A population survey on legislative measures to restrict smoking in Ontario: 4. Variables related to knowledge of active and passive smoking health effects and to predicted behavior of smokers and nonsmokers.

Abstract

Results from the further analysis of a population survey on legislative measures to restrict smoking revealed that identification of subgroups of smokers is more reliable than identification of subgroups of nonsmokers when a variety of attitudes were the measures of interest. A similar pattern emerged when analyses were carried out on knowledge of active and passive smoking health effects and on predicted personal and general compliance. Because distinct sets of variables were found to be related to distinct outcomes, program planning for changes in knowledge and behavior might, of necessity, have to be different. Media messages might be useful for changes in knowledge, while actual experience might be more important for attitude and behavior change.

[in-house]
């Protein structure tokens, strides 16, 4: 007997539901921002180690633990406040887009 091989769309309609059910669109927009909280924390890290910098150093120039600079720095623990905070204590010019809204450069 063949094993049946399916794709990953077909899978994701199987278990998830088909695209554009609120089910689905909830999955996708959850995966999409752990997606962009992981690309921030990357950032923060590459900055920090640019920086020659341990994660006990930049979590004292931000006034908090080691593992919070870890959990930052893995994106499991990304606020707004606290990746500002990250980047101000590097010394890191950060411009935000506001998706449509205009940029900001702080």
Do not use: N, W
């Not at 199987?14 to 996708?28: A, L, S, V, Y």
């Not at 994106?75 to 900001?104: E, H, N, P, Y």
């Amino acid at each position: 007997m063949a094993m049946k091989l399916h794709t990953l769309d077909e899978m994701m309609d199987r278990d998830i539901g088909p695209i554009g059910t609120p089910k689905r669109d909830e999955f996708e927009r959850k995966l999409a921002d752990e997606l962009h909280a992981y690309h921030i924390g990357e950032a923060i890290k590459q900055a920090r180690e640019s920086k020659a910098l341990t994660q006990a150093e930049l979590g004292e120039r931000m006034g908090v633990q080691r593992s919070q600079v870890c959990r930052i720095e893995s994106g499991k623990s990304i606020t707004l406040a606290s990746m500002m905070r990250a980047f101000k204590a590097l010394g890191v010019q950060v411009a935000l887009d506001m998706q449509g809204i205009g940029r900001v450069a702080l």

Cite this paper

@article{Pederson1989APS, title={A population survey on legislative measures to restrict smoking in Ontario: 4. Variables related to knowledge of active and passive smoking health effects and to predicted behavior of smokers and nonsmokers.}, author={Linda L. Pederson and Shelley B. Bull and Mary Jane Ashley and N M Lefcoe}, journal={American journal of preventive medicine}, year={1989}, volume={5 6}, pages={323-9} }